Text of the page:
SAO PAULO, Aug 29 (Reuters) - Buyout firm Advent International Corp has hired Morgan Stanley & Co and Grupo BTG Pactual SA to advise on the sale of a controlling stake in TCP Terminal de Contêineres de Paranaguá SA, Brazil’s second-busiest container port, according to two people with direct knowledge of the plans.
Earlier this year, Boston-based Advent had announced plans to sell the 50 percent stake it has in TCP, which can handle about 1.5 million tonnes of cargo containers annually. BTG Pactual joined Morgan Stanley as advisor to Advent at the start of July, the people said.
The sources, who spoke with Reuters in recent days, asked for anonymity because the plan remained confidential.
According to one of the people, Advent wants to fetch a price for the stake that values TCP around at least 3.5 billion reais ($1.1 billion.) The other person said other Advent partners in TCP, which include three Brazilian investment firms and Spanish companies Group Maritim TCB SL and Galigrain SA, could join the sale.
The people declined to elaborate further on a timetable for the deal or name potential bidders. The second person said three Asian port operators, two of which are China-based, have shown preliminary interest in TCP.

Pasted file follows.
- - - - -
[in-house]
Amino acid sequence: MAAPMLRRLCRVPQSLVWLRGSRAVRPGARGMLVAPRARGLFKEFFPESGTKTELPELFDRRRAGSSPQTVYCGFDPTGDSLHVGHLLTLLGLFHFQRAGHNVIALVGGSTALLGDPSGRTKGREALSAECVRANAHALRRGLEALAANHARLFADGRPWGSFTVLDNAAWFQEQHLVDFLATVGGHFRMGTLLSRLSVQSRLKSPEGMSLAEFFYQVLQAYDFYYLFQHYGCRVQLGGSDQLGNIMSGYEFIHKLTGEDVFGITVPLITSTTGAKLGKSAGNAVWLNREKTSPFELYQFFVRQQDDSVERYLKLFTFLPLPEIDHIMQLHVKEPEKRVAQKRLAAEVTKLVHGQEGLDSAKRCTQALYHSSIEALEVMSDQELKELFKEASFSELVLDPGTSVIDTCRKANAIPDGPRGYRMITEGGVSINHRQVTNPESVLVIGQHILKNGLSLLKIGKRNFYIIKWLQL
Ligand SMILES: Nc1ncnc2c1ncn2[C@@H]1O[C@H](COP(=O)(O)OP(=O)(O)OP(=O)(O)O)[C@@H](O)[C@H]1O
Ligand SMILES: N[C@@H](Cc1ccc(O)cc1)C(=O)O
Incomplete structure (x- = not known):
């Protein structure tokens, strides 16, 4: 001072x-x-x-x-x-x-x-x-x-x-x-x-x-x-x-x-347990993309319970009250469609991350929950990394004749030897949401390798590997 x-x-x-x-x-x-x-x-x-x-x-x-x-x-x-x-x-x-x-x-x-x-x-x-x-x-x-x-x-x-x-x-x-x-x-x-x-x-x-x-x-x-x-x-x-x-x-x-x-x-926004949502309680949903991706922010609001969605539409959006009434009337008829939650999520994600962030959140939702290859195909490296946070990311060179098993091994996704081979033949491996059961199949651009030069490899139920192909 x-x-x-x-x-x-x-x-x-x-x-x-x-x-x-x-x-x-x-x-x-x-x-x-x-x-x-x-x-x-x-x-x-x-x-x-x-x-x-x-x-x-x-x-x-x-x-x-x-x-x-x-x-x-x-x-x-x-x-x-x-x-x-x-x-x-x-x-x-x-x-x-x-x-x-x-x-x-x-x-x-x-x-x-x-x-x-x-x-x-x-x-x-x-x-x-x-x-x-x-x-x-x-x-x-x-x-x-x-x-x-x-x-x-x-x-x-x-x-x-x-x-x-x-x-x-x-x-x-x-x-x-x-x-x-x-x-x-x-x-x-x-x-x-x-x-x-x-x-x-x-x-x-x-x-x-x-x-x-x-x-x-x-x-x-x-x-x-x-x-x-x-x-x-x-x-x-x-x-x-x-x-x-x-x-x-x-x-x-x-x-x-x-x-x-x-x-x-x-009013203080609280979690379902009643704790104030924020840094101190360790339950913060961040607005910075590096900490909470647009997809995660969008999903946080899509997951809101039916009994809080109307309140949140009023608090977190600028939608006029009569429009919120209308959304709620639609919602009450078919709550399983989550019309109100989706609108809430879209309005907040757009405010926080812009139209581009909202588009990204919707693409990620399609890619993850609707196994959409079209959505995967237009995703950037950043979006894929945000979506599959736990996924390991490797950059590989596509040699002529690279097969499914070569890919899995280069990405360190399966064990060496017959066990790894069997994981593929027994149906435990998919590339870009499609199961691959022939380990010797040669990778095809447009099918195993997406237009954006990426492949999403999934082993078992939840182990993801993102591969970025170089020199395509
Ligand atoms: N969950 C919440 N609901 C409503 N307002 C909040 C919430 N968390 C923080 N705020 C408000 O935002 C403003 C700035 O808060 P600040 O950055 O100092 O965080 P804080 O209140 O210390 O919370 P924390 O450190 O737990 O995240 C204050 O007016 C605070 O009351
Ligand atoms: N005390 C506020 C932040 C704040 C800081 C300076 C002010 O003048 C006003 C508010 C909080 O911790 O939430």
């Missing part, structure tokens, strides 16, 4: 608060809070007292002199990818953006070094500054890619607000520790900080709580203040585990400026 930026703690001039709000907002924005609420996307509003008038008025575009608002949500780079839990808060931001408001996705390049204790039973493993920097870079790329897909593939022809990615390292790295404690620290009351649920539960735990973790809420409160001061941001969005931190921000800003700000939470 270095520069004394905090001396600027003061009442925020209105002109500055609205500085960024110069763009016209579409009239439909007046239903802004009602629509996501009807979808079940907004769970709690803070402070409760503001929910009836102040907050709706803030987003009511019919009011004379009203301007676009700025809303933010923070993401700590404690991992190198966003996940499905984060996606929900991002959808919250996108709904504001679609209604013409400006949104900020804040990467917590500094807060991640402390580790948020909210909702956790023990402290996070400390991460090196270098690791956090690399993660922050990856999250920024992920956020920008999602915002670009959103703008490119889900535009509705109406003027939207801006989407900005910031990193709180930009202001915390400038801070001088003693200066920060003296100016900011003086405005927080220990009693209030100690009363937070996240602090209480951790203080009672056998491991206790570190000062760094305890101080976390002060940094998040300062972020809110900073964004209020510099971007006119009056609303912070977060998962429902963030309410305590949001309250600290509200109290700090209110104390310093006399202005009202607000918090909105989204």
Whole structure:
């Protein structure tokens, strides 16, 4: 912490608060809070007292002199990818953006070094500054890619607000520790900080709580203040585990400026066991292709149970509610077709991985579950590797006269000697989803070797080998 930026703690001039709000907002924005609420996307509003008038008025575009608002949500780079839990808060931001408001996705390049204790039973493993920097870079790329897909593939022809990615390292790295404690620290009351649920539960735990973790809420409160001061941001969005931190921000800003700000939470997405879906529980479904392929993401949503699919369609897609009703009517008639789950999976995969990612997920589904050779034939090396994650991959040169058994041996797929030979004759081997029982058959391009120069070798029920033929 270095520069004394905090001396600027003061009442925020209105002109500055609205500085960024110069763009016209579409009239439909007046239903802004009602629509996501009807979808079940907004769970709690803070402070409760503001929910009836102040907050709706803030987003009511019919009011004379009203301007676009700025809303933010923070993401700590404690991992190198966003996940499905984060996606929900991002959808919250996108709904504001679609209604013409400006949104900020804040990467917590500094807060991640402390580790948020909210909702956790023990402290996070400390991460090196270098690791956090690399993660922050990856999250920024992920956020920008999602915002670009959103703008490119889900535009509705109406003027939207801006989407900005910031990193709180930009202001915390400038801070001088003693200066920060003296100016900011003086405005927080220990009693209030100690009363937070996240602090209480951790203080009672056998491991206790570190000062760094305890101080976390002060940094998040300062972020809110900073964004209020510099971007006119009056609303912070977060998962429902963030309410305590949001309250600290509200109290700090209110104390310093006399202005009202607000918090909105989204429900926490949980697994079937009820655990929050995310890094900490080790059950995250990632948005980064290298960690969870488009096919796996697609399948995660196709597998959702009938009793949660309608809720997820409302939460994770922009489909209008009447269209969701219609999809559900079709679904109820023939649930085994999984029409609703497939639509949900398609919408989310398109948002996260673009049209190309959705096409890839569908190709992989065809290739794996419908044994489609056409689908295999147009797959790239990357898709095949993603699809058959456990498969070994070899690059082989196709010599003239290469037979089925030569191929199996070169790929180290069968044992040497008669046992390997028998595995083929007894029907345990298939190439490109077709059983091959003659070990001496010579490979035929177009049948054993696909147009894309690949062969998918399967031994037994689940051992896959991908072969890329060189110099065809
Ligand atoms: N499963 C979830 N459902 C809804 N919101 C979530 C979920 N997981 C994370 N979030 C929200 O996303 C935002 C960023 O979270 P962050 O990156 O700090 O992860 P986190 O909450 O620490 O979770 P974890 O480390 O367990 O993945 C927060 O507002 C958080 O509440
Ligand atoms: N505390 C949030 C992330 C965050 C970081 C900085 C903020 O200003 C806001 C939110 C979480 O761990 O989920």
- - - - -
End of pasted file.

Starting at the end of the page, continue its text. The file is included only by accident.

The transaction could also include a potential fundraising effort by TCP, possibly through the sale of notes in the domestic debt markets, the second person said. Advent paid about $500 million for the TCP stake five years ago.
The TCP stake sale has failed to gain traction rapidly, as potential buyers monitor developments in Brazil, which is struggling with the harshest recession in eight decades and political turmoil, the people said.
Steelmaker Cia Siderúrgica Nacional SA’s planned sale of container terminal operator Sepetiba Tecon SA has also been slow, even as a number of bidders - including Advent - have shown interest.
TCP, Advent and the port operator’s other shareholders declined to comment, as did BTG Pactual. Morgan Stanley did not immediately have a comment.
$1 = 3.2433 Brazilian reais Editing by David Gregorio